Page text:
Saturday, March 6, 2010
Awesome night card, pt. 74
The world is a terrible place.
You don't need me to tell you that. Every day there is yet another reminder that either punches you in the gut or makes you cry.
The story of someone stealing personal possessions out of an unlocked car doesn't horrify me like an earthquake or a missing child. But in a world in which it seems like there must be at least one news item a day that makes my mouth drop, Troll's account of the heisting of some of his most precious cards was Friday's shake-my-head-moment.
Sure, they're just cards. But we collectors know better and feel deeply for Troll's loss. I know I do.
Ever since I read his post, I have put myself in his situation a half-dozen times. And each time I come away from it almost as devastated. If that happened to me, not only would I not be able to write about what just happened, I wouldn't even be able to speak coherently. Or breath properly.
Cards are not just cards. They are history and memories and love and respect for great achievement. The person or people who took the Troll's cards took all of that. He or she or they are walking garbage, with no respect for anything, including themselves.
I am not shocked or surprised that it happened. Like I said, the world is a terrible place.
What I am surprised by is how easily Marck has transitioned into looking forward. He doesn't want to dwell on this. So, out of respect, I won't either.
Instead I will focus on two things. The first is finding something to send Marck. I think he's cleared out most of my Rays. But fortunately he has a want list a few football fields wide. I'll be searching for more Rays cards, but also Negro League players, women's baseball players, Brian Roberts cards, Fritz Ackley cards (I have no idea who that is), you name it. When I find a card, I'll add it to the Great Troll Pile. Yes, I am a minion.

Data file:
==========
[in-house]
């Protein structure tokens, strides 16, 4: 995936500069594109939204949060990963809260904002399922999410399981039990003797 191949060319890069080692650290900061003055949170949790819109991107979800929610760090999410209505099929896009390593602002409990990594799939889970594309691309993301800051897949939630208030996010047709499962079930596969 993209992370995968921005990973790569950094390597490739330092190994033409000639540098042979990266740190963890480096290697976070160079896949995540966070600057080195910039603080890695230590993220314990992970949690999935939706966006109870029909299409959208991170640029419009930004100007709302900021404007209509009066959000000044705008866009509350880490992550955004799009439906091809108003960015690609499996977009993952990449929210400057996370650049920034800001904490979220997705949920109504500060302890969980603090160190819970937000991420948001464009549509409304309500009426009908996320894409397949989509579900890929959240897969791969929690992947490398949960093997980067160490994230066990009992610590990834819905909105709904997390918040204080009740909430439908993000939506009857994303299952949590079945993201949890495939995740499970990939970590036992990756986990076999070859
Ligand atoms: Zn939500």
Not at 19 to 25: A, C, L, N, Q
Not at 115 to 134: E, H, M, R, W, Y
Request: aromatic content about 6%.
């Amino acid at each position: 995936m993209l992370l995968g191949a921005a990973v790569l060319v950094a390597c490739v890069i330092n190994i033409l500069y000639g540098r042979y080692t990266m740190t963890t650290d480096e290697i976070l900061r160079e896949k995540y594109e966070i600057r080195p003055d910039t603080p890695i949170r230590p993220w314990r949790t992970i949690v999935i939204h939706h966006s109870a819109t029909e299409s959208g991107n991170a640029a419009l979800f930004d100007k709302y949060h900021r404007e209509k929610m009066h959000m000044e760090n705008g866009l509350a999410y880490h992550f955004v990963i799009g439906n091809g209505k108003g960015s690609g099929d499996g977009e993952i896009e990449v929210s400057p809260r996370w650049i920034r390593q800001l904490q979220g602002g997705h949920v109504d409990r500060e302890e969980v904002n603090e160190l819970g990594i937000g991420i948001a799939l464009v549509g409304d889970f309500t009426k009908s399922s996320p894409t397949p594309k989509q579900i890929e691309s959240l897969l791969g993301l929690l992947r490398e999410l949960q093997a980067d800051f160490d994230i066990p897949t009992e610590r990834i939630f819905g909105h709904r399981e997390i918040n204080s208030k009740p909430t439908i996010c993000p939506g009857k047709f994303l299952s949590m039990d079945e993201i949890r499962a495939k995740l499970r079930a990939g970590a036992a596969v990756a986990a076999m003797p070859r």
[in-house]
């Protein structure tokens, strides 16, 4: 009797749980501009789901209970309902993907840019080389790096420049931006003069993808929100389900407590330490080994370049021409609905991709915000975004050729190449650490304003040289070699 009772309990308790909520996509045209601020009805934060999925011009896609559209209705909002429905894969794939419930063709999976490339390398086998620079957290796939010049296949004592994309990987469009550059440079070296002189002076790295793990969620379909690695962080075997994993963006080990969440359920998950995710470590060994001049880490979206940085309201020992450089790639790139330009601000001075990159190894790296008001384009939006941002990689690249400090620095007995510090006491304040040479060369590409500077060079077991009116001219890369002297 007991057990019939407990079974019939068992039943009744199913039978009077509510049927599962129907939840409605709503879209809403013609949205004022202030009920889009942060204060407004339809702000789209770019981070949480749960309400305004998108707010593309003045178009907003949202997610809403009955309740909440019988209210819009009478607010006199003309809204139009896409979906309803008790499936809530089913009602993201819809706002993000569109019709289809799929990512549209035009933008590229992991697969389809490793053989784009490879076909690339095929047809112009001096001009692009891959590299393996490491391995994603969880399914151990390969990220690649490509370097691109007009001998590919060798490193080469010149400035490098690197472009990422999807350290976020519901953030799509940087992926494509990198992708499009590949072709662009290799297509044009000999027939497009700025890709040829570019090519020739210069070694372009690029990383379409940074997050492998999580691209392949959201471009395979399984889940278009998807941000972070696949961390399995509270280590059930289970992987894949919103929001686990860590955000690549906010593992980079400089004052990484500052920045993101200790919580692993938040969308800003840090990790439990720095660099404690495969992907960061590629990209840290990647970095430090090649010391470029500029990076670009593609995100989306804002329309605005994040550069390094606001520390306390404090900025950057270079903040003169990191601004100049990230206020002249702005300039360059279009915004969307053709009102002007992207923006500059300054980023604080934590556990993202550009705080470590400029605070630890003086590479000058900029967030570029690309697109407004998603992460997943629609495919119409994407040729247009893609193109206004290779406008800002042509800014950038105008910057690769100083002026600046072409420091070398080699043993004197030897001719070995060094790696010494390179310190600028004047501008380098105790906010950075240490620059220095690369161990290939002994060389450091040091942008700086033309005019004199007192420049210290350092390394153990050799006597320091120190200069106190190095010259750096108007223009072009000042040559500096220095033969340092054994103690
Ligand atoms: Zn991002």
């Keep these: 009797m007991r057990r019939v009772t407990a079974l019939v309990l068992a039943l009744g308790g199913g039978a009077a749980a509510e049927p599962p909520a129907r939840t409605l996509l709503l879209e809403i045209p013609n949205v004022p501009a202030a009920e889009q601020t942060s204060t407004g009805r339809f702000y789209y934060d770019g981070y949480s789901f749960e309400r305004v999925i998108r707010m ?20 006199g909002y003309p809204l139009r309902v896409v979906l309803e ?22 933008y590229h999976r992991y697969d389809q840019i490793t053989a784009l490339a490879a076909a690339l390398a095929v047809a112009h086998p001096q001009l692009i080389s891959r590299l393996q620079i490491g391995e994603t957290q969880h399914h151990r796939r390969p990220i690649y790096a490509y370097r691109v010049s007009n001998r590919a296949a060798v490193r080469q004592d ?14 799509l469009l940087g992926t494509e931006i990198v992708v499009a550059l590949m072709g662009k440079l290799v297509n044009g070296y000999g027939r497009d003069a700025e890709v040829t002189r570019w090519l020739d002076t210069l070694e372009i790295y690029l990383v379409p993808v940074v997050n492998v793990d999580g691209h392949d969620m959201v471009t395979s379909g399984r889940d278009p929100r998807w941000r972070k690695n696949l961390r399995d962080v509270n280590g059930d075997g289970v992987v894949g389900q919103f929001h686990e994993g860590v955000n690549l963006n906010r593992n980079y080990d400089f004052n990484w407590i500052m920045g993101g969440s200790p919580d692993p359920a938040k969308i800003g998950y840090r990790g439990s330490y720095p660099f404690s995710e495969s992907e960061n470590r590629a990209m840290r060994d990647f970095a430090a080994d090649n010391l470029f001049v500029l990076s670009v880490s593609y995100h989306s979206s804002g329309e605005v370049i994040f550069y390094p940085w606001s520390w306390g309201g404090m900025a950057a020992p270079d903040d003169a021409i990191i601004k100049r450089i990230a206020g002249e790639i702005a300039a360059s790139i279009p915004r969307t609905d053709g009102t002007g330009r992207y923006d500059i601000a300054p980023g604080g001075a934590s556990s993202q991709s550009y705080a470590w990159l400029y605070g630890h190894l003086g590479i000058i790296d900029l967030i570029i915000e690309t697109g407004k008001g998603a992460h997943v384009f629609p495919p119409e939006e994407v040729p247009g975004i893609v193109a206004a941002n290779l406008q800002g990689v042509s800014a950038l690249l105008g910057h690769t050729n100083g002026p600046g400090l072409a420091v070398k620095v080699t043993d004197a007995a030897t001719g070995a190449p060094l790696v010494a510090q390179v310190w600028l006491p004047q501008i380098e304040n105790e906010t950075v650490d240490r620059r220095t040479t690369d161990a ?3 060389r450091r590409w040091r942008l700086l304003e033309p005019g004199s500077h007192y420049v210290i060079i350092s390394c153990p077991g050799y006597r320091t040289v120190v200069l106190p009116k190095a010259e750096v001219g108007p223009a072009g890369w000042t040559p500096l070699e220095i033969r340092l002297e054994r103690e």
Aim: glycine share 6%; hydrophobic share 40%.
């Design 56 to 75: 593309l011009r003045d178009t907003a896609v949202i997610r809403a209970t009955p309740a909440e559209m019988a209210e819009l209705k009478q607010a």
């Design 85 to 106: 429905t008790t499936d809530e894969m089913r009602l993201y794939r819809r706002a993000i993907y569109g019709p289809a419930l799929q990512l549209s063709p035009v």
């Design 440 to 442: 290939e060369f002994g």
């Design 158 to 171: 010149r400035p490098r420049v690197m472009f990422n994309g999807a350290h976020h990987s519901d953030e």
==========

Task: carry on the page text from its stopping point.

The other thing I'll focus on is that the world can be a wonderful place, too.
Here is a very tiny example, an example that is hardly random given her connection to me. But it's one I choose to hold up on a pedestal.
My wife's birthday is today.
Her birthday happens to fall on one of the busiest work weekends of the year. I will miss her birthday completely this year because I will spend most of the day and all of the night at work. Knowing that her special day would be work-filled, we moved her birthday festivities to Friday. Well, work called yet again, as it always does in early March, and I had to work Friday, too.
She took it well, like she always does. We'll celebrate on Sunday, the only day I'll have off for the next week.
But in the meantime, while I was at work again, she had the nice dinner that we were supposed to have together without me. Just her and my daughter. I think they had a nice time. I don't know. They're asleep now and can't vouch for themselves.
But when I came home after another 10-hour day, there, sitting on the table in front of the computer, were four packs of Topps cards, fanned out in a tantalizing display.
I bailed on her birthday, and she got me cards.
Like reading the Troll's story, it almost made me cry.
So, that's what I'm going to do -- really try to focus on the good in the world. Who knows how long that will last. But at least my heart's in the right place.
Oh, and the card up top is an Awesome Night Card. It's that Longoria guy. Troll likes him. That's good enough for me. So, it's awesome.